chanaleh: (leila)
Bamidbar was actually last week's Torah portion, not today's, but this is a theme that's been much on my mind the past couple weeks, and then it was borne out further as follows:

This week, I actually managed to drag myself to shul for the 2nd morning of Shavuot. This was a bonus in a couple of ways: reading the Book of Ruth, and also they happened (presumably due to Yizkor) to be doing ASL interpretation during services that day, and I always find that fun and interesting (apart from having a mild crush on the guy who runs the program, but anyway).

In the rabbi's sermon, he started off asking: Why did the b'nei yisrael have to go to the wilderness in order to receive the Torah? What is the connection between wilderness and revelation? And he brought in a concept from the Midrash, which connects it to the notion of hefker, which is a Talmudic technical term meaning "ownerless", denoting a thing that is up for grabs -- like an item of lost or abandoned property, or like the dust of the earth. And apparently the Midrash says "Anyone who does not make himself hefker [open to all] like a wilderness cannot acquire wisdom and Torah." (Bemidbar Rabbah 1:7) You have to go into the wilderness, unmoor yourself, in order to become vulnerable to the wide spectrum of possibility... to make room for the revelation.

... And that's exactly what I have been feeling the last week and a half. Ownerless. But strangely liberated. Like there are suddenly a hundred possible paths, all of which will lead to good things. Expansive. Sometimes hit with torrents of feeling, yes... but mostly, fundamentally, at peace.

So yeah, it was one of those laser-targeted moments. You know it's reached me when I am sitting there in shul with tears streaming down my face... and in a cleansing way, not a bitter way. Somehow Rabbi Sebert manages to do that to me a lot.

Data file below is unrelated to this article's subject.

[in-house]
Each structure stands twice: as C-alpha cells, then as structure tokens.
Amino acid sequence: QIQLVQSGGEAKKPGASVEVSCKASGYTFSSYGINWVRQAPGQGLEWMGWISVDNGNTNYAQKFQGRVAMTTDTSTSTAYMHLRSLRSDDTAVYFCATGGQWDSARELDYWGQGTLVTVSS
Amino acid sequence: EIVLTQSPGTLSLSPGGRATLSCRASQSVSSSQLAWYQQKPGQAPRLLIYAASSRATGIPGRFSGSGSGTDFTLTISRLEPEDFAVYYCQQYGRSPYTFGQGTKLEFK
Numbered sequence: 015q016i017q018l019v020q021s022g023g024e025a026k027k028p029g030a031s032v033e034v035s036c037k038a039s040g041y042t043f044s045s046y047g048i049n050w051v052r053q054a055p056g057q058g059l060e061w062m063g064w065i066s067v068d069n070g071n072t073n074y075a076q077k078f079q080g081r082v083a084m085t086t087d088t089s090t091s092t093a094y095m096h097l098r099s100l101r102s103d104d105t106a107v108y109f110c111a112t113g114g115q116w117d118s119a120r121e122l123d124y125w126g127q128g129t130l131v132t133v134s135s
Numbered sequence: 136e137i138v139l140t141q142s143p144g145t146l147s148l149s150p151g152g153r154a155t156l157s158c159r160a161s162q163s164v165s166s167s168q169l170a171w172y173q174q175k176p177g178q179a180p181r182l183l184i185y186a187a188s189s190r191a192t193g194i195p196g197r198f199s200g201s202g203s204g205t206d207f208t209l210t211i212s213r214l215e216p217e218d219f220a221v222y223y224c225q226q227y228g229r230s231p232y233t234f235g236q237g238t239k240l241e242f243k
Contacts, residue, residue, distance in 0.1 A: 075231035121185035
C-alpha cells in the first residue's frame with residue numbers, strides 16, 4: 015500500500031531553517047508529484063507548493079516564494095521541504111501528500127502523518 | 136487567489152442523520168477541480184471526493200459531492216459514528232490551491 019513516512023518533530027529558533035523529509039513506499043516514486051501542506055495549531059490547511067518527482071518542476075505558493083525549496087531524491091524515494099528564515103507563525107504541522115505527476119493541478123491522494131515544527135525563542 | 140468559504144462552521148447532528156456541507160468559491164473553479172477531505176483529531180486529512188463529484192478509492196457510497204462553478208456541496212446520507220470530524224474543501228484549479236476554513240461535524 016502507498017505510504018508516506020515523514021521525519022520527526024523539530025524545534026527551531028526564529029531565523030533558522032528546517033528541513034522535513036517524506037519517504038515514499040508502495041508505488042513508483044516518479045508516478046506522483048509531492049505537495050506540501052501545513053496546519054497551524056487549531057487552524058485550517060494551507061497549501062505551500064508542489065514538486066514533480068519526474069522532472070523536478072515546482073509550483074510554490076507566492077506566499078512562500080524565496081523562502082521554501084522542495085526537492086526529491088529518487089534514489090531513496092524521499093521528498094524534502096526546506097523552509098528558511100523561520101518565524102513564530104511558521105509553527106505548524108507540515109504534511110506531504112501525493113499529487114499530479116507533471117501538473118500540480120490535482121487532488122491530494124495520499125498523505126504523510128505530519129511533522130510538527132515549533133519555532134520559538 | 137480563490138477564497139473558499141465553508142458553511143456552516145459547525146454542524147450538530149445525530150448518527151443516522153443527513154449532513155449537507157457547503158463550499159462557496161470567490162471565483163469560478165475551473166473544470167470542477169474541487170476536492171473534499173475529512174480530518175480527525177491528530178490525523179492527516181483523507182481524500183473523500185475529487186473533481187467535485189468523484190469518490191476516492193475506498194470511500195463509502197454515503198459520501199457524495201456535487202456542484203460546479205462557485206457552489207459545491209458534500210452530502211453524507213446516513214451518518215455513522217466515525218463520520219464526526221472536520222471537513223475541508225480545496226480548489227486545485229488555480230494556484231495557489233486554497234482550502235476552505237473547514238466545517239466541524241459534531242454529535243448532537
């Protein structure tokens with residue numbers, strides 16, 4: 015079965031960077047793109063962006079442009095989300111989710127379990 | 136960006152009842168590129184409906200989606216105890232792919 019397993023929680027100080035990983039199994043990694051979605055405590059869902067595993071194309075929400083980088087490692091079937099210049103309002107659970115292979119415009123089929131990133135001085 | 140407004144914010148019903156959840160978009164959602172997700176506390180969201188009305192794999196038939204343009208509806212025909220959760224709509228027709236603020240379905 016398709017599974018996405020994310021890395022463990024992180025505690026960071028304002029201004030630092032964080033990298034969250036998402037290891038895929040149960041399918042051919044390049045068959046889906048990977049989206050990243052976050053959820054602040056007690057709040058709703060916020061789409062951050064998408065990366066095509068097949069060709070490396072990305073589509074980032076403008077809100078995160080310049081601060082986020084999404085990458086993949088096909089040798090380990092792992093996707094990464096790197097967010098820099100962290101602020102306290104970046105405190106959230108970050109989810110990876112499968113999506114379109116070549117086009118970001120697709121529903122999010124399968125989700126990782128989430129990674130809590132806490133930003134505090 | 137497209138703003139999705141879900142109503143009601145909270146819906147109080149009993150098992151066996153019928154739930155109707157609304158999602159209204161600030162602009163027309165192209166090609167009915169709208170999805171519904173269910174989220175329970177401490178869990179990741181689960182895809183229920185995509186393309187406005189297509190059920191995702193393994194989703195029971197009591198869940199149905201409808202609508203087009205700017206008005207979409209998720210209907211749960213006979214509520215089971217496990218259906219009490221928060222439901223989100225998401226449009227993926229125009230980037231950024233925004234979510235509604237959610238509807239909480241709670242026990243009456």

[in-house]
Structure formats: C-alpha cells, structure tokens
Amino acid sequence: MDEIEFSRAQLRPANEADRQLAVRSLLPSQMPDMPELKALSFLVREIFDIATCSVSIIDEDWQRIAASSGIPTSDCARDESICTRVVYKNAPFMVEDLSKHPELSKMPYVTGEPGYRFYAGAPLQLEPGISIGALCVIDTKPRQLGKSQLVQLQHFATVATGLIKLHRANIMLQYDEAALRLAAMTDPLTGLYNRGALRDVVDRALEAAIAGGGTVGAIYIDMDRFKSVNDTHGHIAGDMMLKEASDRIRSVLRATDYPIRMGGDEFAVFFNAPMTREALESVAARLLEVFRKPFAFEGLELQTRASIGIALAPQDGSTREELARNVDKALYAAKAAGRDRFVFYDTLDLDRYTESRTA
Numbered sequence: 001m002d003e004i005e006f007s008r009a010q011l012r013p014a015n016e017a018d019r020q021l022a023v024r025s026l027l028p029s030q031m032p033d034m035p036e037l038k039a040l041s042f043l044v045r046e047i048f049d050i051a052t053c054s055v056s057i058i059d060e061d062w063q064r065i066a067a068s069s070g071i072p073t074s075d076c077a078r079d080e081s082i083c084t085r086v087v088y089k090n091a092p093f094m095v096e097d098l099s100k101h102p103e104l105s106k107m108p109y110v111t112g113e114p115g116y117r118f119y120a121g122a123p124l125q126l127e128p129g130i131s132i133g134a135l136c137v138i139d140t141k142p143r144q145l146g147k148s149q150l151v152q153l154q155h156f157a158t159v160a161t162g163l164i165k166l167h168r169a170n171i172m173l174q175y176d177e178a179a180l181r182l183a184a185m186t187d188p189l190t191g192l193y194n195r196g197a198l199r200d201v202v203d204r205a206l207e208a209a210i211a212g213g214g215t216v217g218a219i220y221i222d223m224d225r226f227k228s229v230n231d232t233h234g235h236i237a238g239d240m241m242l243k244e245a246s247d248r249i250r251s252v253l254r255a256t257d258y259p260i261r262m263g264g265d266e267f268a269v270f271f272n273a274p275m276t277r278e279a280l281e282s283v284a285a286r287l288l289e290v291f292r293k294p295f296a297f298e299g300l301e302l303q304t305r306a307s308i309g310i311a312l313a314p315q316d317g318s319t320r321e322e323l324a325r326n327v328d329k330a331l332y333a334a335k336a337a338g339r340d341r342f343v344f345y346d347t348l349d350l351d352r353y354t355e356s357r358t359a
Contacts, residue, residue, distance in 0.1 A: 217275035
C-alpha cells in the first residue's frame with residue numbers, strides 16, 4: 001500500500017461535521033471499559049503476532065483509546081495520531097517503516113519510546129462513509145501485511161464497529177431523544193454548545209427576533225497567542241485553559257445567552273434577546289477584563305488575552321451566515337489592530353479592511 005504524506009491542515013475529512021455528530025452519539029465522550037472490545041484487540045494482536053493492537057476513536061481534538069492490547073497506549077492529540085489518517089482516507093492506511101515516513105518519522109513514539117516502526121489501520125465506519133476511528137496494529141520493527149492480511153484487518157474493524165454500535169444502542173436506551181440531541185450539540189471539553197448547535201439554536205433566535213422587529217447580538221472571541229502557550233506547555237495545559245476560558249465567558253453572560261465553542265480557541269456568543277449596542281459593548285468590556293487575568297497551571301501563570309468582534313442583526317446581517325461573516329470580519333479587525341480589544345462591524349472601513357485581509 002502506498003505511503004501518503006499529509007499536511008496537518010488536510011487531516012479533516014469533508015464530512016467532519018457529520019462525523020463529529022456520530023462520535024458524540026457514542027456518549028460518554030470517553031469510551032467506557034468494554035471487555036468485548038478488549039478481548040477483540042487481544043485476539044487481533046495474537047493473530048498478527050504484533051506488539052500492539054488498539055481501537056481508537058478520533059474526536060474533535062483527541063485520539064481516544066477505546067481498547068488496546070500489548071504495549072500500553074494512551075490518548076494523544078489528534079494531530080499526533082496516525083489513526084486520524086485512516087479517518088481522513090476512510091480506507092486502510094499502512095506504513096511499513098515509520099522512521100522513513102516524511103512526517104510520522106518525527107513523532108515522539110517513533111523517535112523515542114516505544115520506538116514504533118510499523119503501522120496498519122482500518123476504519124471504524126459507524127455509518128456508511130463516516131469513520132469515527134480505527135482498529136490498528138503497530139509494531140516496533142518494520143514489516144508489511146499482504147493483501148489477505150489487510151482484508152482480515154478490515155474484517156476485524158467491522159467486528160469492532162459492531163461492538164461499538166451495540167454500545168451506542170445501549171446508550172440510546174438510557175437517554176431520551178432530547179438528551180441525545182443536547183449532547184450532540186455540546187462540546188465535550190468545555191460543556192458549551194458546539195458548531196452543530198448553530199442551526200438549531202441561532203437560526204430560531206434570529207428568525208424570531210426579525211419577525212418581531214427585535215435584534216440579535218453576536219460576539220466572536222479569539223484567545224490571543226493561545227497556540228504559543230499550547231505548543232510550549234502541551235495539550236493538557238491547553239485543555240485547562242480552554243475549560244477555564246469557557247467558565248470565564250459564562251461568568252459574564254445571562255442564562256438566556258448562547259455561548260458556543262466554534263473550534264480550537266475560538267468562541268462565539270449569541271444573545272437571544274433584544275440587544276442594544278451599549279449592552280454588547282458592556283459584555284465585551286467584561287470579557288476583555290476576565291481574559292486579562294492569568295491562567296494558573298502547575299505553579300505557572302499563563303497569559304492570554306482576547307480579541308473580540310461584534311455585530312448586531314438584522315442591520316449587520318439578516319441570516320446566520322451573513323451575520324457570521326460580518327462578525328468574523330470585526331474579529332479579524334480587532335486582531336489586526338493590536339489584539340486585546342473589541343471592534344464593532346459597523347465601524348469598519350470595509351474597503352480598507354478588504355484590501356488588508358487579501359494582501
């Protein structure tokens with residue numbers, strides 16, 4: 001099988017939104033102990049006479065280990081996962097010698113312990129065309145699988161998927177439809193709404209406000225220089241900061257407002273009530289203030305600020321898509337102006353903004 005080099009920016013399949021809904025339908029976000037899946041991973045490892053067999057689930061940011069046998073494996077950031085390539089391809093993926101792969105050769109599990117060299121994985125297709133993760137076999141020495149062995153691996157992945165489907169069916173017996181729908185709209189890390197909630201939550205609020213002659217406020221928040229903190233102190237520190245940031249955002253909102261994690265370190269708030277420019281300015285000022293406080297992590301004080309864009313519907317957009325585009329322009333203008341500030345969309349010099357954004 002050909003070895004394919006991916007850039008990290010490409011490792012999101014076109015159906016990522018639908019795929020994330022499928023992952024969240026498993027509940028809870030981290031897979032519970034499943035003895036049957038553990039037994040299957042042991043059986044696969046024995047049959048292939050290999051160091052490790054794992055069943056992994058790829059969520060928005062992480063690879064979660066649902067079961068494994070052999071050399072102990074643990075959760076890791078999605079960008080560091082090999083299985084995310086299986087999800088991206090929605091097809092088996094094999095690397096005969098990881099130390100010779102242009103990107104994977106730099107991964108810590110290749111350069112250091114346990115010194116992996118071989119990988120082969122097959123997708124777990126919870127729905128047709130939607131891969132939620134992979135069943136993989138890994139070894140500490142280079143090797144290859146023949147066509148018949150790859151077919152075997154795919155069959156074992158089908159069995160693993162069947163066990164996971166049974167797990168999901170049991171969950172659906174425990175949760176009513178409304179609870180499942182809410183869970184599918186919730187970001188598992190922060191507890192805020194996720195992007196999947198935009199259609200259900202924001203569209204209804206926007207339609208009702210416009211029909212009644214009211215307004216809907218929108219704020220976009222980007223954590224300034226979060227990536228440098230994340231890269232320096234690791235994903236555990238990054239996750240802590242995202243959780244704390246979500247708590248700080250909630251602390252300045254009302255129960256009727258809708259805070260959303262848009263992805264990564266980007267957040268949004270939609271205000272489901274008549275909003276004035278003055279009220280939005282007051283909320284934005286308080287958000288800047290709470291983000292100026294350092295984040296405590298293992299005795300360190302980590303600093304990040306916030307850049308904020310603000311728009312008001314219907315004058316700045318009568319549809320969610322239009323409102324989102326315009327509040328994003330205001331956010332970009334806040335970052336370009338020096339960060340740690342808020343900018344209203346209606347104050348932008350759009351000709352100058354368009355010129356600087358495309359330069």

After the service, I saw my friend C (the one who is [livejournal.com profile] justom's family friend and brought me there in the first place), and when she said "How are you?" I said, "Hefker." It took a minute to get the point across ("Wait, you didn't lose your job?" "No..."), but she got it. And that was helpful too.

Also, to answer the #1 FAQ, yes, I am staying in NYC for at least the next several months. )

Meanwhile, I signed up for a six-week Russian class, Tuesday nights starting June 4. And I'm also planning to try to make contra dancing tonight. (Though of course, I still haven't managed to see Iron Man 3 either. Sigh!)


ETA, 6/27/2013: In thematically related news, this article (which I first saw closer to its original post date, at which time it was at least equally relevant) just floated back up to the top of my Facebook feed, h/t [livejournal.com profile] shadesong. Yeah. This. Also.

NaNo...vember

Friday, November 2nd, 2012 10:42 pm
chanaleh: Henry VIII: "I'VE GOT 99 PROBLEMS, OF WHICH BITCHES DOTH COMPRISE 6" (bitches)
Huh. Interesting.

Yesterday morning, about 7 hours into the official span of NaNoWriMo, ergo obviously without yet having written a single word, I started noticing a flourishing backchannel of internal resistance.

The voices are fascinating, aren't they? )

So, really, I don't know. I think the next step is going to be pulling out the notes I have made over the years for the aforementioned various concepts and see which already is the farthest along, and see if that helps jump-start my motivation.

My other pet approach is normally to post an LJ poll ("Which of the following should I write this month?") -- but somehow even the idea of spelling out my four different premises for public consumption feels risky, and not like it would be much help in the end. :-}

... tl;dr Fear is the mind-killer. *sigh*

cheshbon ha-nefesh

Wednesday, September 19th, 2012 11:10 pm
chanaleh: (breathe)